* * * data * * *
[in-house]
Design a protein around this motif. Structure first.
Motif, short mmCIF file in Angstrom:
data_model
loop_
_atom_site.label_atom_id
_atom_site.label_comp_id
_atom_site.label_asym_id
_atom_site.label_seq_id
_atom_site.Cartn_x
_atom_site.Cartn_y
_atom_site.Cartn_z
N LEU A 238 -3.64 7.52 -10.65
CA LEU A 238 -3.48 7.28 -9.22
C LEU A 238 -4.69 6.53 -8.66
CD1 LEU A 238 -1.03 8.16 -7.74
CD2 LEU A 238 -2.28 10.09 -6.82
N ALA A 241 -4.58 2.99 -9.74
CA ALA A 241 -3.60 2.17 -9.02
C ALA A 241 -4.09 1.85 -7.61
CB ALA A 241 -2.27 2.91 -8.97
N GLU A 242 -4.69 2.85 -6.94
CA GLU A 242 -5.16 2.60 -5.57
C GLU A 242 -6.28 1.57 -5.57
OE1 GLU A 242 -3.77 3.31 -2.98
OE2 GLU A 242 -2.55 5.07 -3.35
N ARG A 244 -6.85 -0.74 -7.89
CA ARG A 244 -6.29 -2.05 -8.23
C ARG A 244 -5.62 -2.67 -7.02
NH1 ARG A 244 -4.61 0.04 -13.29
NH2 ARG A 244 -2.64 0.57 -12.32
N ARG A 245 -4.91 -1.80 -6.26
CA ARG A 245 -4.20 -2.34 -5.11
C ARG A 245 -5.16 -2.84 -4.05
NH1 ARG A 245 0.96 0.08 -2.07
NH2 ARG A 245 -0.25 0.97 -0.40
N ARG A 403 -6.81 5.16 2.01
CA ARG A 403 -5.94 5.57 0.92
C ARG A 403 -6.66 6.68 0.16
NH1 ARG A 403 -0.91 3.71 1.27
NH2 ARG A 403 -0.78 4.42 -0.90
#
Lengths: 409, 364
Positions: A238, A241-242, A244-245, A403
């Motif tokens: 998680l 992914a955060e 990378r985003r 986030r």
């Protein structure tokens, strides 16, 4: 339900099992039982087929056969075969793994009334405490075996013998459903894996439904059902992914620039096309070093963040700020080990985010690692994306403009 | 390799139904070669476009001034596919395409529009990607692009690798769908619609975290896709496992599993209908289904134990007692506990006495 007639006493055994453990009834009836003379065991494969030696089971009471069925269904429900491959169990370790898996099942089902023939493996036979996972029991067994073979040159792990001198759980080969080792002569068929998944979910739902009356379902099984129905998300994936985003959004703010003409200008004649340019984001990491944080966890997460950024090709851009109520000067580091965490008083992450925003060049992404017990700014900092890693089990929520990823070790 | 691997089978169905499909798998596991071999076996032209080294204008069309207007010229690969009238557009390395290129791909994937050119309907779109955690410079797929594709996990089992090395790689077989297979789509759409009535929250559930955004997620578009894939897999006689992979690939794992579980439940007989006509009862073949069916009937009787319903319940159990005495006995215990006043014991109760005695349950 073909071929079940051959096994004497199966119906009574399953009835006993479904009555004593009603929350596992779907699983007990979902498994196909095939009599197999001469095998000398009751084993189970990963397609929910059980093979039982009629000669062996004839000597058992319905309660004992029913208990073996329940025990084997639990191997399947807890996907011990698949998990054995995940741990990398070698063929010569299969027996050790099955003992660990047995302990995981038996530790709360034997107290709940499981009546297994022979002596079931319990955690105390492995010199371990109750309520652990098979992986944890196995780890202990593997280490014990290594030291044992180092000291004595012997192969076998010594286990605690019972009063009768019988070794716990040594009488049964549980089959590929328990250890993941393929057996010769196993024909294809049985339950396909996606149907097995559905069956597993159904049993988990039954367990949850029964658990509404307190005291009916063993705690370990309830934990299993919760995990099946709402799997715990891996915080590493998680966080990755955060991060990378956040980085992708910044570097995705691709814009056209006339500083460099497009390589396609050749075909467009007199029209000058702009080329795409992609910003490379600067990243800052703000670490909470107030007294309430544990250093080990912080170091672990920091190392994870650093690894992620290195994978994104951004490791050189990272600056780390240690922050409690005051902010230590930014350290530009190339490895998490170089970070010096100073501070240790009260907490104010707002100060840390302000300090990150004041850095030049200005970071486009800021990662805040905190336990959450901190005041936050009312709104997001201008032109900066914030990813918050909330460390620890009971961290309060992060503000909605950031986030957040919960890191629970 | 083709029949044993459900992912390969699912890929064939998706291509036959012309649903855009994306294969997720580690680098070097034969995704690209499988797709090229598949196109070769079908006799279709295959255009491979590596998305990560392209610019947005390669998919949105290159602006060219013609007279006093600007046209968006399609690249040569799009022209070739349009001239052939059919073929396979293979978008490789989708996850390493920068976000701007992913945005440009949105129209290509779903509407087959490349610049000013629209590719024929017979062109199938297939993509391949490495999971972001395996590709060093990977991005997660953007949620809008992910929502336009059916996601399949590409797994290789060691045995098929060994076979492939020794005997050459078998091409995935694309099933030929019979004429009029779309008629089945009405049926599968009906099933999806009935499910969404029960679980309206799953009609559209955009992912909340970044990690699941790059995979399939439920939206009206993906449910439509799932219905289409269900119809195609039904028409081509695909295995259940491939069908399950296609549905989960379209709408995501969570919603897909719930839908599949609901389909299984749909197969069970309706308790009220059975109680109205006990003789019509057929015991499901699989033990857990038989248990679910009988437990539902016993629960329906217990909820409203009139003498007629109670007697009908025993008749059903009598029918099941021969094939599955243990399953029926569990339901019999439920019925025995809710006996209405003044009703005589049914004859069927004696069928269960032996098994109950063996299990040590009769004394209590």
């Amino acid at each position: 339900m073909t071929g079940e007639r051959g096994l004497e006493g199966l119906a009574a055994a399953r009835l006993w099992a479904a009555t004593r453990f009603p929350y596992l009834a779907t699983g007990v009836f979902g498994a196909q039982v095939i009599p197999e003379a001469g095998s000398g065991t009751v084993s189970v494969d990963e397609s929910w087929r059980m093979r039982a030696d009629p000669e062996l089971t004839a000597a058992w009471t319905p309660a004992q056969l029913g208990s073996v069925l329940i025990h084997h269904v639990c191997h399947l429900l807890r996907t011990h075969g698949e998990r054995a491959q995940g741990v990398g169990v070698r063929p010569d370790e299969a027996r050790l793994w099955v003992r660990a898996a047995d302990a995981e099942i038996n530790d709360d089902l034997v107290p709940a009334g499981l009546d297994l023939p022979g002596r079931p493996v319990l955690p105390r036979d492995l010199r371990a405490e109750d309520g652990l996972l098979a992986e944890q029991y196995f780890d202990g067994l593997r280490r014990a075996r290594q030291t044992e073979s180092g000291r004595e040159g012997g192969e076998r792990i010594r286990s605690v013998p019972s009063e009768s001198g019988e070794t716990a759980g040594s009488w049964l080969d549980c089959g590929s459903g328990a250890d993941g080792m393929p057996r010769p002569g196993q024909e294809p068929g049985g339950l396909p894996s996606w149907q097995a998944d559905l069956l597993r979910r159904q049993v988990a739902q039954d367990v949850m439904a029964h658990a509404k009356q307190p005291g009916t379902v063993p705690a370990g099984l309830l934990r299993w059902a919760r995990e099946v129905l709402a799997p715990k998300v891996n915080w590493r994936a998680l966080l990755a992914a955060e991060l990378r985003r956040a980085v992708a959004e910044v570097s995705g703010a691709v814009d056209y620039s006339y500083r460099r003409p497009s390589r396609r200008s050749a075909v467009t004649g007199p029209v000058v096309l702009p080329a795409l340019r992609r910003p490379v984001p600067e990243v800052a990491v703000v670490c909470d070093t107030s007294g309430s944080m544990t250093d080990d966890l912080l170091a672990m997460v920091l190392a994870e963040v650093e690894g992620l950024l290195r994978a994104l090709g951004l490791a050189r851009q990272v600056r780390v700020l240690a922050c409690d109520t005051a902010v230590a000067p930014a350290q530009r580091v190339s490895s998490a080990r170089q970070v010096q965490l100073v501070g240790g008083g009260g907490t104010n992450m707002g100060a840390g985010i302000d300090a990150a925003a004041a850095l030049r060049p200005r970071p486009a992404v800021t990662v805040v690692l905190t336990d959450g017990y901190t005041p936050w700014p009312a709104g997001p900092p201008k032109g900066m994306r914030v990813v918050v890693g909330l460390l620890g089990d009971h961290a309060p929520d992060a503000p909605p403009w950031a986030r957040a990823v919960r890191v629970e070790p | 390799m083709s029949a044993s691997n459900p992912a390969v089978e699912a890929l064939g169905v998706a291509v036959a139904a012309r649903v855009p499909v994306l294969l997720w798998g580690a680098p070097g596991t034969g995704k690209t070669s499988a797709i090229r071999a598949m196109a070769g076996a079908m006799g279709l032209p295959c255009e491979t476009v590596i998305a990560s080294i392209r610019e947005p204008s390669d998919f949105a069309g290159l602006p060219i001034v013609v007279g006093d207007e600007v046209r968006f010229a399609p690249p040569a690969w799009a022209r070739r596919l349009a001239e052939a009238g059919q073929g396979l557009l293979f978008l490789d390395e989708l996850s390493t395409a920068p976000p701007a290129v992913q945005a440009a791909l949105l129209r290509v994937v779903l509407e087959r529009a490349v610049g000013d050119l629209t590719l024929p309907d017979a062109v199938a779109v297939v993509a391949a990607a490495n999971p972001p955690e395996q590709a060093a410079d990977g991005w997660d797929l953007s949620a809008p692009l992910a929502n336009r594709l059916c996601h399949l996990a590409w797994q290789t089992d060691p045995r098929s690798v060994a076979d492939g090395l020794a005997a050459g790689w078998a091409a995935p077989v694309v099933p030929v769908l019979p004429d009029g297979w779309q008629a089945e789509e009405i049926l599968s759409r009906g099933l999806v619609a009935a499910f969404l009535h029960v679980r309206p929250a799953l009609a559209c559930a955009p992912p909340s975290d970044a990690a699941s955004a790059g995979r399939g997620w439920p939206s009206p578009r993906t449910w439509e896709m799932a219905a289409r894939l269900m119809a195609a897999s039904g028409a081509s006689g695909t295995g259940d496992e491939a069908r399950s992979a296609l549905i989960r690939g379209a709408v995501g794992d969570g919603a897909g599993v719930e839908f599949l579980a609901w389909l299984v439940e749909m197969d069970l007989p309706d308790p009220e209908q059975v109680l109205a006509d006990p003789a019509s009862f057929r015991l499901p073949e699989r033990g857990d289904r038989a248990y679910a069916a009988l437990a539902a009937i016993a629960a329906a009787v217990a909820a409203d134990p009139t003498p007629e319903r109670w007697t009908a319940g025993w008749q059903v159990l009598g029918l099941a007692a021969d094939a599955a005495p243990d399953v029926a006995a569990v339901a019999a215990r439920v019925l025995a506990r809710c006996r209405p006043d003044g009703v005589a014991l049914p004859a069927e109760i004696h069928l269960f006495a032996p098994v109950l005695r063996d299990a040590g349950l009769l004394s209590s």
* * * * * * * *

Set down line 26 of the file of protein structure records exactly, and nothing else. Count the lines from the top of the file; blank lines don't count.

OE2 GLU A 242 -2.55 5.07 -3.35